A plaque remaining from the Big Apple Night Club at West 135th Street and Seventh Avenue in Harlem.

Above, a 1934 plaque from the Big Apple Night Club at West 135th Street and Seventh Avenue in Harlem. Discarded as trash in 2006.

Recent entries:
“A man is washing the car with his son. The son asks, ‘Dad, can’t you just use a sponge?‘“ (6/23)
“Don’t waste a moment of your life trying to be normal” (6/23)
“Dance like no one is watching. Because they are not. They’re checking their phones” (6/23)
“Dance like no one is watching. Because they are not. They’re checking their phones” (6/23)
Entry forthcoming—B.P. (6/23)
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Entry from January 19, 2013
“The mail must go through” (postal service adage)

"The mail must go through” is a phrase that exemplifies the hardships and successes of 19th century mail carriers, such as the pony express (1860-61). The saying was popularized by America poet Joaquin Miller (1837-1913) in his July 4, 1885 poem at Woodstock, Connecticut, “Greeley’s Ride with Hank Monk.” The phrase “the mail must go through” was used three times. The poem was printed in many newspapers.


Wikipedia: Joaquin Miller
Joaquin Miller was the pen name of the colorful American poet Cincinnatus Heine (or Hiner) Miller (September 8, 1837 – February 17, 1913), nicknamed the “Poet of the Sierras”.

Chronicling America
1 August 1885, Sacramento (CA) Daily Record-Union, pg. 6, col. 2:
GREELEY’S RIDE WITH HANK MONK.
The following poem was ready by Joaquin Miller at the Fourth of July celebration at Woodstock, Conn.:

The old stage drivers of the brave old days!
The old stage drivers with their dash and trust!
These old stage drivers, they have gone their ways,
But their deeds live on, though their bones are dust:
And still many a camp-fire tale is told
Of these daring men in the days of gold.
(...)
Sat vowing the man and the mail must “go through
On time,”
(...)
With just one thought that the mail must go through;
(...)
The mail must go through with its message of love.

Chronicling America
26 October 1889, Los Angeles (CA) Herald, pg. 2, col. 2:
The venturesome mail carrier said that she knew the ford was dangerous, but thought that the mail must go through at all hazards.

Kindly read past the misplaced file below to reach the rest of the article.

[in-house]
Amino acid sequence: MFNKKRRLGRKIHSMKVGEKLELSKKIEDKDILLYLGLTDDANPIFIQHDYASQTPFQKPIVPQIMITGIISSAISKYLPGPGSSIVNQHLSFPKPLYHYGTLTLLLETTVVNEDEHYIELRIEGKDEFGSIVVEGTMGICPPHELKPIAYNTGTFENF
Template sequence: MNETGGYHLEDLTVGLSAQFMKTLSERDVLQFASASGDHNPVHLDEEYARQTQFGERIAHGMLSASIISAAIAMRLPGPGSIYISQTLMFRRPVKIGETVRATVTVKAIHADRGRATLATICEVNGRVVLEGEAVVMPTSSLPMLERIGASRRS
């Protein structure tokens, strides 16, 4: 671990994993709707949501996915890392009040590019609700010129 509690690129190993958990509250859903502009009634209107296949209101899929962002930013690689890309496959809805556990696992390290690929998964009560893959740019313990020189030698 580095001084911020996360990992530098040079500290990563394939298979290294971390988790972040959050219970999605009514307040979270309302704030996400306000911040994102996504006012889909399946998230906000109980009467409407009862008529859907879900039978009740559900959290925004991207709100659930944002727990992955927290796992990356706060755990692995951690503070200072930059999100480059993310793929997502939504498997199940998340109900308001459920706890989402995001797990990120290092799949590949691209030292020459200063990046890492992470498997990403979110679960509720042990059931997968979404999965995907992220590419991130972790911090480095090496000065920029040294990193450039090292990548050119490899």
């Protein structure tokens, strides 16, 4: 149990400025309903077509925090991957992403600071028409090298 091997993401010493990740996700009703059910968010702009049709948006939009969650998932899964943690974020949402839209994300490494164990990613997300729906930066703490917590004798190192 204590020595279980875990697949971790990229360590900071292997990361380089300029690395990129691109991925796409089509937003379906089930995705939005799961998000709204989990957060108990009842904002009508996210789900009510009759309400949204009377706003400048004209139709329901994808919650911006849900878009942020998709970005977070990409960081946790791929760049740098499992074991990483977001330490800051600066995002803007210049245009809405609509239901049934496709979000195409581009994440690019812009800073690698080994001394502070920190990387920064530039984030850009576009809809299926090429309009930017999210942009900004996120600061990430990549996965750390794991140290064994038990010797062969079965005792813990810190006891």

Chronicling America
16 January 1895, Anaconda (MT) Standard, “Dare-devil Mat,” pg. 6, col. 3:
“If there is any possible chance to get over,” said she, “I intend to cross, come what may, even if I have to swim the creek. The mail must go through.”

6 March 1905, Colorado Springs (CO) , pg. 8, col. 3 ad:
Swiftly as the Mail
The U.S. mail must go through quickly and on time.
(Ad for the Santa Fe railroad—ed.)

Google News Archive
24 May 1923, The Mount Airy News (Mount Airy, NC), pg. 4, col. 3 ad:
“WAY for the United States mail!” Men have suffered, sacrificed and died in order to expedite the country’s mail. In fact, the mail become a symbol not unlike the flag itself; whatever else happens, the mail must go through.
(Standard Oil Company of New Jersey—ed.)

OCLC WorldCat record
The mail must go through : the Denver Public Library presents William E. Barrett ...
Author: William E Barrett; Denver Public Library.
Publisher: [Denver, Colo.] : The Library, ©1943.
Series: Speaking of wings, no. 18.
Edition/Format: Book : English

OCLC WorldCat record
The mail must go through! : a story of the Pony Express
Author: Alan James; Richard Osborne
Publisher: Kenosha, Wis. : S. Lowe, ©1949.
Series: Swap-it books.
Edition/Format: Book : Fiction : Juvenile audience : English

OCLC WorldCat record
Seven little postmen : story and song.
Author: Margaret Wise Brown; Larry Groce
Publisher: [Burbank, Calif.] : Disneyland, ©1976.
Series: A Disneyland storyteller cassette
Edition/Format: Audiobook on Cassette : Cassette recording : Fiction : Juvenile audience : English
Performer(s): Story, Margaret Wise Brown ; song, The mail must go through, Larry Groce.

Posted by Barry Popik
New York CityGovernment/Law/Politics/Military • Saturday, January 19, 2013 • Permalink